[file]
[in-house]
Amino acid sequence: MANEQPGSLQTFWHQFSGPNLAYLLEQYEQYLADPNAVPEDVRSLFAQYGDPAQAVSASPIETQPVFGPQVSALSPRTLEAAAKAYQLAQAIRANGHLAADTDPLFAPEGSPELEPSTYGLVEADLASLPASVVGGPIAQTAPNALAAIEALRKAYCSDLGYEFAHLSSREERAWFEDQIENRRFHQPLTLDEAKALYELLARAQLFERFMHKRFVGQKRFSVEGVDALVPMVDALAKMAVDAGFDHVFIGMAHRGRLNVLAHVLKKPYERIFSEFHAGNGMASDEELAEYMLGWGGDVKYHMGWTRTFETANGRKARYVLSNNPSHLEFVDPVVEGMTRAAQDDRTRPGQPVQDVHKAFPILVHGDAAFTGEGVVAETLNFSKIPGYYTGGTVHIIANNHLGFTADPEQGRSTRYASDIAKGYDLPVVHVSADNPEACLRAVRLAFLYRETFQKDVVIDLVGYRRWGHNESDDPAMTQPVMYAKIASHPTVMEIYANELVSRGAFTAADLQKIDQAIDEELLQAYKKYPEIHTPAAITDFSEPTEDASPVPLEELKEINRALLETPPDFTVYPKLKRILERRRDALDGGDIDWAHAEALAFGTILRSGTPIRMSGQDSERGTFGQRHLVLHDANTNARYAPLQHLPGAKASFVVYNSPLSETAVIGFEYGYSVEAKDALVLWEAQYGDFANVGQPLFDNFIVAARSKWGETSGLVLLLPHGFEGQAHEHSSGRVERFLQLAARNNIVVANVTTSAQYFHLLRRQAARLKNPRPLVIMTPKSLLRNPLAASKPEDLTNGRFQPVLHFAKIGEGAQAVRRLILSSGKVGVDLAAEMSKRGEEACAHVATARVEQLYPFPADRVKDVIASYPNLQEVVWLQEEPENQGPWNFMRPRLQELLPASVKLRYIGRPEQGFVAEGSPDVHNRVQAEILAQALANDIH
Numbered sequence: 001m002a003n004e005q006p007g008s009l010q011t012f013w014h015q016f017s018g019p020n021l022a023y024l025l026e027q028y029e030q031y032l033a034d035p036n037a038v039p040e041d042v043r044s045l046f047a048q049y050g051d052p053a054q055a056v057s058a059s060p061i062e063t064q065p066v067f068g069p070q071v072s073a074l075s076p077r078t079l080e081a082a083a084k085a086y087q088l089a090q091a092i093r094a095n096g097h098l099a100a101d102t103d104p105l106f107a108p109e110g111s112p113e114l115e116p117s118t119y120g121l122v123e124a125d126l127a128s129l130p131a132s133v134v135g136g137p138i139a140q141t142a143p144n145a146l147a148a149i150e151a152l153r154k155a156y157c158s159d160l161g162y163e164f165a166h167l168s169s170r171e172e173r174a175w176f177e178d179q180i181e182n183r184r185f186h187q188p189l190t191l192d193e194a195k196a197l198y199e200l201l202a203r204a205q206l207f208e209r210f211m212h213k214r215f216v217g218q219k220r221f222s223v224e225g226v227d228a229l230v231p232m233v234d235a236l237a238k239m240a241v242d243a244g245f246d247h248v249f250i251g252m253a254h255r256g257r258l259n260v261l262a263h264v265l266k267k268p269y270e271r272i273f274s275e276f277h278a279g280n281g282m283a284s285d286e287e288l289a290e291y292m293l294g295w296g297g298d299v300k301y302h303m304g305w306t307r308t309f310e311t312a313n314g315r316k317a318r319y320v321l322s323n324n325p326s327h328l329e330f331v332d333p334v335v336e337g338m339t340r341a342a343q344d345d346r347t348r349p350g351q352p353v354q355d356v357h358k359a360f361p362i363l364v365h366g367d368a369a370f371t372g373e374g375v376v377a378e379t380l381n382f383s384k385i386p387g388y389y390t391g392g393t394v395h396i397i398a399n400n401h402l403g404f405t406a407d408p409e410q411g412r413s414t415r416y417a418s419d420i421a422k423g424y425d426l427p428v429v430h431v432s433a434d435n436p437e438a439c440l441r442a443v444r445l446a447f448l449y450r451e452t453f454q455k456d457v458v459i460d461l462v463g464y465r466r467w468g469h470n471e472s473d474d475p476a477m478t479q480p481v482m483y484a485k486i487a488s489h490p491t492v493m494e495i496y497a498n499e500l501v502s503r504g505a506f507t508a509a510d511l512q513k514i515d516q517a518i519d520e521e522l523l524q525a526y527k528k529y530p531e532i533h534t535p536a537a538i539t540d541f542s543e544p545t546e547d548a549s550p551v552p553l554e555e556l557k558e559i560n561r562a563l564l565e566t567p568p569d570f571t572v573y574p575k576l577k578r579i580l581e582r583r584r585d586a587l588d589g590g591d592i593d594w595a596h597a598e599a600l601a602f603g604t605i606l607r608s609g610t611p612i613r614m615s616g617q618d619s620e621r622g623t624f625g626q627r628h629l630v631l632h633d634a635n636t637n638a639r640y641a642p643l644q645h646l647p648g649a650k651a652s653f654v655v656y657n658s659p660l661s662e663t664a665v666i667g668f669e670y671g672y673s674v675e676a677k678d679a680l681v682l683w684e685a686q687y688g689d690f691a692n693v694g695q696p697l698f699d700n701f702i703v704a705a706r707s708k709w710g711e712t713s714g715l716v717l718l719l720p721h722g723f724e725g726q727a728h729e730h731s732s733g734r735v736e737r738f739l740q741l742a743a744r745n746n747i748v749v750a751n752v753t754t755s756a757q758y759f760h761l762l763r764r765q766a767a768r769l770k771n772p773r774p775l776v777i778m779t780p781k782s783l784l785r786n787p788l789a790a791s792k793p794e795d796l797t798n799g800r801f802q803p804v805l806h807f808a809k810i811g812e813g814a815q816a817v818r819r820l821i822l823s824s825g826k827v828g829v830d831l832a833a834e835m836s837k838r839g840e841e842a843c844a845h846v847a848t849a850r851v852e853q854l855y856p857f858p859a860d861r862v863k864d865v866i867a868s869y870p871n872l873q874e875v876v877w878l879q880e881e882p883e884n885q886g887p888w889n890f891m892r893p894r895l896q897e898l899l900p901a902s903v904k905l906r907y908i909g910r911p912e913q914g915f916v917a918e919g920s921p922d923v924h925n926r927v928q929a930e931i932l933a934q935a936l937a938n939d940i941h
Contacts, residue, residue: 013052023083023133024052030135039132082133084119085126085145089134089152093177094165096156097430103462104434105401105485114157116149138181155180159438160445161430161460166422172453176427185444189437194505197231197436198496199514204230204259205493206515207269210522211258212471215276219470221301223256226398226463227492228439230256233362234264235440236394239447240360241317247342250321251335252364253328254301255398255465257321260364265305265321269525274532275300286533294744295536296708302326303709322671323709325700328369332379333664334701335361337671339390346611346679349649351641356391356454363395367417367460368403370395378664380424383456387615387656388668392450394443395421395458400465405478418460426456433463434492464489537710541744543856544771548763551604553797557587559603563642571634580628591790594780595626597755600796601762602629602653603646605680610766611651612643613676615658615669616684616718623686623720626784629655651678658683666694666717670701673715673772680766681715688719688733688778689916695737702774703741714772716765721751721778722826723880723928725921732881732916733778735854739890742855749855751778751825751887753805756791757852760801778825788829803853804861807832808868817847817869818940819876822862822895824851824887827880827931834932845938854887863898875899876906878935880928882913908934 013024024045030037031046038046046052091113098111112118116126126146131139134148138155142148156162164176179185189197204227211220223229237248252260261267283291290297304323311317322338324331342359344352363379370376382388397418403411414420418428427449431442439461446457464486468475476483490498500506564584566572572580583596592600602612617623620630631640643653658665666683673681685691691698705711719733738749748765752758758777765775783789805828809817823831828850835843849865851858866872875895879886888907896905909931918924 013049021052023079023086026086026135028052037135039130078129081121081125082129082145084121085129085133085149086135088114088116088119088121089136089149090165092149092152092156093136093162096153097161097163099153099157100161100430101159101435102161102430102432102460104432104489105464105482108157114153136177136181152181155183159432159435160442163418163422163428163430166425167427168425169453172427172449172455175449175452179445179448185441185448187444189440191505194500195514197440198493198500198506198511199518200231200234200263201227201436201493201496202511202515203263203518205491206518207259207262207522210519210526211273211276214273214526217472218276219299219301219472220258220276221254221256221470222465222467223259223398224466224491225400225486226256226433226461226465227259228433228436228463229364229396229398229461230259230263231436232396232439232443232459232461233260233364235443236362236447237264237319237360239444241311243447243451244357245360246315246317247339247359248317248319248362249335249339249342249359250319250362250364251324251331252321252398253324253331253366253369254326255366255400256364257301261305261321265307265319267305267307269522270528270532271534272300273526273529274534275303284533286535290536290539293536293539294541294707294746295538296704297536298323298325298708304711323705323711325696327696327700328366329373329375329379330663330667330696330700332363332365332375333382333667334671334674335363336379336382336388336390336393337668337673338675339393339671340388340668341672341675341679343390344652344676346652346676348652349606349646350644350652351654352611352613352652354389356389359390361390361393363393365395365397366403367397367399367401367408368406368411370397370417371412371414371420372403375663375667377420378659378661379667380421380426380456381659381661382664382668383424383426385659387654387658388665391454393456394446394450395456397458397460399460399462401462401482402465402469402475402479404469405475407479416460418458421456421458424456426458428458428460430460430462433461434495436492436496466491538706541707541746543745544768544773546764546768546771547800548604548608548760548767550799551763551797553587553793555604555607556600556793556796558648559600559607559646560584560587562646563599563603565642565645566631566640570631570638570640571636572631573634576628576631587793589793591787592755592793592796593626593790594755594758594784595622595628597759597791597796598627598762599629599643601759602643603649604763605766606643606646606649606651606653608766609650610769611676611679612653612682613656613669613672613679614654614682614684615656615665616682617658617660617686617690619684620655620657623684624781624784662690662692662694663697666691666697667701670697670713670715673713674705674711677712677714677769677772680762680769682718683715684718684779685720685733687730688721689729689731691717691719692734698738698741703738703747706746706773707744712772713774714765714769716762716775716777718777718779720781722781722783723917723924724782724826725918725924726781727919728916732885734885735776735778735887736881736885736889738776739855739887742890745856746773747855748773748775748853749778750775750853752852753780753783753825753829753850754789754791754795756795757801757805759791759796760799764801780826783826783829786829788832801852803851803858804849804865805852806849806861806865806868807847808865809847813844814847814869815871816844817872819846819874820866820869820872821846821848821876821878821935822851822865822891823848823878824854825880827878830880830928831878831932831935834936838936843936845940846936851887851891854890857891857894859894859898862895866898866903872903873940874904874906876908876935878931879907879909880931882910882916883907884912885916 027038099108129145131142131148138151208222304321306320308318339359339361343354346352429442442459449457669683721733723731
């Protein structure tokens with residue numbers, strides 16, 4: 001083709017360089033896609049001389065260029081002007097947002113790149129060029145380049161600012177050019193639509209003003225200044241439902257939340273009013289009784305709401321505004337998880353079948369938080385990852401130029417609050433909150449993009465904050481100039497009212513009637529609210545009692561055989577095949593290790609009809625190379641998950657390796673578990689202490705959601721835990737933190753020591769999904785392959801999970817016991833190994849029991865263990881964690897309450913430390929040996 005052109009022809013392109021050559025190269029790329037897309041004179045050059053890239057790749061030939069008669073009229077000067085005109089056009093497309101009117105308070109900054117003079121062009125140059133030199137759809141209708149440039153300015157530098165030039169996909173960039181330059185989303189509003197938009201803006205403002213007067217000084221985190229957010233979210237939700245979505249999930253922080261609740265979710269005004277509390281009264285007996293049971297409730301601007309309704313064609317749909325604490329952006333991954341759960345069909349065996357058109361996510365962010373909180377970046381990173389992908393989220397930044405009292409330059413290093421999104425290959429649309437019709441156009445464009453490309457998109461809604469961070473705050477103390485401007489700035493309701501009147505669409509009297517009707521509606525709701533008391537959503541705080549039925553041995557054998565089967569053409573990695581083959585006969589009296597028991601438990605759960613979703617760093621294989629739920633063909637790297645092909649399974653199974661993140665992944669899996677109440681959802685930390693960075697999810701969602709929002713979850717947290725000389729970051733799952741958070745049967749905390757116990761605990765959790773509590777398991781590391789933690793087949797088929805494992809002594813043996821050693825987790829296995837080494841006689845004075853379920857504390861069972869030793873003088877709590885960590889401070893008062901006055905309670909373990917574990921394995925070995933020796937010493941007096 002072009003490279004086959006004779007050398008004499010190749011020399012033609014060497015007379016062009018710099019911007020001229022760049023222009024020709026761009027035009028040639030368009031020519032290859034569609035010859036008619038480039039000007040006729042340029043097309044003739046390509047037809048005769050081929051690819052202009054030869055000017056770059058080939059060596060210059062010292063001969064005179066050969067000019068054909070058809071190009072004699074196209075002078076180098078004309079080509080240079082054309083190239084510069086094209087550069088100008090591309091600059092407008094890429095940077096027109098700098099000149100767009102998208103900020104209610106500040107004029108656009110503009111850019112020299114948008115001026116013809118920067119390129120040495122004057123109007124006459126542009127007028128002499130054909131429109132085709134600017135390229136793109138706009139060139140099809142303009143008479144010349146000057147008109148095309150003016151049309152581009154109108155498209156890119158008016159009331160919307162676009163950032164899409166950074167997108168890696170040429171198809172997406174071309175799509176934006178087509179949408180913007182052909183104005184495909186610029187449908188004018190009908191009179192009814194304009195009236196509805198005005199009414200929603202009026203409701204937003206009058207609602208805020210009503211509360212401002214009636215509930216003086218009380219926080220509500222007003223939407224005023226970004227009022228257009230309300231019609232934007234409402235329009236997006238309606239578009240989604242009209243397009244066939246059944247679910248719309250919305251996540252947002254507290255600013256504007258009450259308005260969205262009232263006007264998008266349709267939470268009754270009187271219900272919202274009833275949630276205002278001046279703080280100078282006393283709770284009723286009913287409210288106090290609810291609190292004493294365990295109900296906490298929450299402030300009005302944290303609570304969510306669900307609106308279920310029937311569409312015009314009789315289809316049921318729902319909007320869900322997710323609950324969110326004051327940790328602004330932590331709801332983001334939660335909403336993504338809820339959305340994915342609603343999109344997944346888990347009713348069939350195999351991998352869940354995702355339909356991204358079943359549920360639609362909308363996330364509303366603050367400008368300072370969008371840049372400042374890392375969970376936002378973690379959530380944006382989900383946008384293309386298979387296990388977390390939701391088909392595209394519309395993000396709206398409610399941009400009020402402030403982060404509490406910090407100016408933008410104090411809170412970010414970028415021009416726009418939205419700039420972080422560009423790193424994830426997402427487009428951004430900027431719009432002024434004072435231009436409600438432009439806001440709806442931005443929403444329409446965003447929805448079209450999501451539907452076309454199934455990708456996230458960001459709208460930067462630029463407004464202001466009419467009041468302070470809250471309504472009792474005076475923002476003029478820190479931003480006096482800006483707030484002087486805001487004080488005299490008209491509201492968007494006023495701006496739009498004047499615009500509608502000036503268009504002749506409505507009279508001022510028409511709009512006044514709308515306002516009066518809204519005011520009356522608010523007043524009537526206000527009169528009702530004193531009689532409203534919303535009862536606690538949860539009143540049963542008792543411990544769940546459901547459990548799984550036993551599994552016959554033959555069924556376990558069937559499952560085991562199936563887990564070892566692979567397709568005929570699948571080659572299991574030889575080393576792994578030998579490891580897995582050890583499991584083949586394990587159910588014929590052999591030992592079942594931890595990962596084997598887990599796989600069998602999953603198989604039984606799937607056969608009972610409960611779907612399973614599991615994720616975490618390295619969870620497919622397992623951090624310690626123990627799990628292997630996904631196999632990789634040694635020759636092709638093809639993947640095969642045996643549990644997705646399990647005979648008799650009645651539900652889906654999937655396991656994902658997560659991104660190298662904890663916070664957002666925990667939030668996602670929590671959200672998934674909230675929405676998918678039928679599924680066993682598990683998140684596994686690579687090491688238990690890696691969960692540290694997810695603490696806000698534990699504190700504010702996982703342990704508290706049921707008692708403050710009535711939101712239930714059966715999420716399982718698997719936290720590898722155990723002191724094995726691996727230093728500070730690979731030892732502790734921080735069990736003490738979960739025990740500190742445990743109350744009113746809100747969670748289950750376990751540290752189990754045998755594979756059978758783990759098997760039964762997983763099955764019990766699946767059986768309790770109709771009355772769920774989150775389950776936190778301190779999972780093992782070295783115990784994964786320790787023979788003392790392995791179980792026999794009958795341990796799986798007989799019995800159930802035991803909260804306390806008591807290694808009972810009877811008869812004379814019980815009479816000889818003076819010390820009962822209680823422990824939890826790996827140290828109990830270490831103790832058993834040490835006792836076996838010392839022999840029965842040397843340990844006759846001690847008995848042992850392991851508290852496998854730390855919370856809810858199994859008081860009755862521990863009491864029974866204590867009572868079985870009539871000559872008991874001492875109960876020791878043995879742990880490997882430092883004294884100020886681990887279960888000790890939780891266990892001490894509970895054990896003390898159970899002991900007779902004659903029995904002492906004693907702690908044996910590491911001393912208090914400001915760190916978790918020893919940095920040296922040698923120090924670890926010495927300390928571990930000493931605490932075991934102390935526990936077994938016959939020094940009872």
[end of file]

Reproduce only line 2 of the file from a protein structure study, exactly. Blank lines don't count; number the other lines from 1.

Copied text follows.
Amino acid sequence: MANEQPGSLQTFWHQFSGPNLAYLLEQYEQYLADPNAVPEDVRSLFAQYGDPAQAVSASPIETQPVFGPQVSALSPRTLEAAAKAYQLAQAIRANGHLAADTDPLFAPEGSPELEPSTYGLVEADLASLPASVVGGPIAQTAPNALAAIEALRKAYCSDLGYEFAHLSSREERAWFEDQIENRRFHQPLTLDEAKALYELLARAQLFERFMHKRFVGQKRFSVEGVDALVPMVDALAKMAVDAGFDHVFIGMAHRGRLNVLAHVLKKPYERIFSEFHAGNGMASDEELAEYMLGWGGDVKYHMGWTRTFETANGRKARYVLSNNPSHLEFVDPVVEGMTRAAQDDRTRPGQPVQDVHKAFPILVHGDAAFTGEGVVAETLNFSKIPGYYTGGTVHIIANNHLGFTADPEQGRSTRYASDIAKGYDLPVVHVSADNPEACLRAVRLAFLYRETFQKDVVIDLVGYRRWGHNESDDPAMTQPVMYAKIASHPTVMEIYANELVSRGAFTAADLQKIDQAIDEELLQAYKKYPEIHTPAAITDFSEPTEDASPVPLEELKEINRALLETPPDFTVYPKLKRILERRRDALDGGDIDWAHAEALAFGTILRSGTPIRMSGQDSERGTFGQRHLVLHDANTNARYAPLQHLPGAKASFVVYNSPLSETAVIGFEYGYSVEAKDALVLWEAQYGDFANVGQPLFDNFIVAARSKWGETSGLVLLLPHGFEGQAHEHSSGRVERFLQLAARNNIVVANVTTSAQYFHLLRRQAARLKNPRPLVIMTPKSLLRNPLAASKPEDLTNGRFQPVLHFAKIGEGAQAVRRLILSSGKVGVDLAAEMSKRGEEACAHVATARVEQLYPFPADRVKDVIASYPNLQEVVWLQEEPENQGPWNFMRPRLQELLPASVKLRYIGRPEQGFVAEGSPDVHNRVQAEILAQALANDIH